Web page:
Hitwise released the latest statistics for search engine share in the United States for April 2008. Google has again hit a new high, jumping up 0.65% from the prior month’s high, to 68% of the US search market. Microsoft and Yahoo hit all-time lows — though Yahoo, at least, only drops by 0.1% further from its low last month. Microsoft dropped about 0.4%. Highs are based on data going back to August 2006.
The four major search engines stack up as follows:
- Google: 67.9%
- Yahoo: 20.3% (unrounded, 20.28%)
- Microsoft: 6.3% (unrounded, 6.26%)
- Ask: 4.2% (unrounded, 4.17%)
The trend over time? Here’s the past year’s worth of data:
As a reminder, my general rules when evaluating popularity stats:
- Avoid drawing conclusions based on month-to-month comparisons. Lots
of things can cause one month’s figures to be incomparable to another month.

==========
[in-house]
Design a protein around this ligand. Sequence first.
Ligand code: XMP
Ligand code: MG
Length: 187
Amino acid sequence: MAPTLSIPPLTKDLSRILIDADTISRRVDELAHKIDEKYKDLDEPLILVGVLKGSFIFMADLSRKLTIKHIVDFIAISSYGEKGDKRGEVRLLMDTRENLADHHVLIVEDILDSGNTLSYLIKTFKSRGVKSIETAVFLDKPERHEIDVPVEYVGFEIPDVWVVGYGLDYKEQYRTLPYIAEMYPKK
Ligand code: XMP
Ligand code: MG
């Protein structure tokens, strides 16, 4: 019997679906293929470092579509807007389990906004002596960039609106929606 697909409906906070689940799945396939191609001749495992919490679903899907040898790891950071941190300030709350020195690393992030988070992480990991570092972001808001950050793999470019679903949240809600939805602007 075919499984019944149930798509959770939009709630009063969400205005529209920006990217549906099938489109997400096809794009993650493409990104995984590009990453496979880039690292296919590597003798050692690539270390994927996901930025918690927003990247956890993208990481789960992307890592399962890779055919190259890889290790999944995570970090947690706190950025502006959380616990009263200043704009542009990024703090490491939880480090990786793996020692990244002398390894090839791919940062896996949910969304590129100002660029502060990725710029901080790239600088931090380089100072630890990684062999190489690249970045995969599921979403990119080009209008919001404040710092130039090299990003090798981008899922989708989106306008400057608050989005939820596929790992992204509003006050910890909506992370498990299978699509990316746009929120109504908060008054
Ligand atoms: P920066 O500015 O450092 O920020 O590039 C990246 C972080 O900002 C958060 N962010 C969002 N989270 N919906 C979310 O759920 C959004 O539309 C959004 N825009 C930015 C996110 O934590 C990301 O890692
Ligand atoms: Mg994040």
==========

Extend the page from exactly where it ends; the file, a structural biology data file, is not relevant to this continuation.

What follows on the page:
It’s better to see the trend across multiple months in a row.
- Avoid drawing conclusions based on one ratings service’s figures.
Each service has a unique methodology used to create popularity estimates.
This means that ratings will rarely be the same between services. However, a
trend that you see reflected across two or more services may give you faith in
trusting that trend.
- Consider Actual Number Of Searches: While share for a particular search engine might drop, the raw number of searches might still be going up (and thus they might be earning more money, despite a share drop). This is because the "pie" of searches keeps growing, so even a smaller slice of the pie might be more than a bigger slice in the past. See Nielsen NetRatings: August 2007 Search Share Puts Google On Top, Microsoft Holding Gains for a further explanation of this.
Also specifically for Hitwise, you don’t see AOL on the chart because Hitwise doesn’t break it out. Instead, it is included in the "Other" figure. Hitwise generally undercounts AOL’s share; other services put it at 4 percent or higher.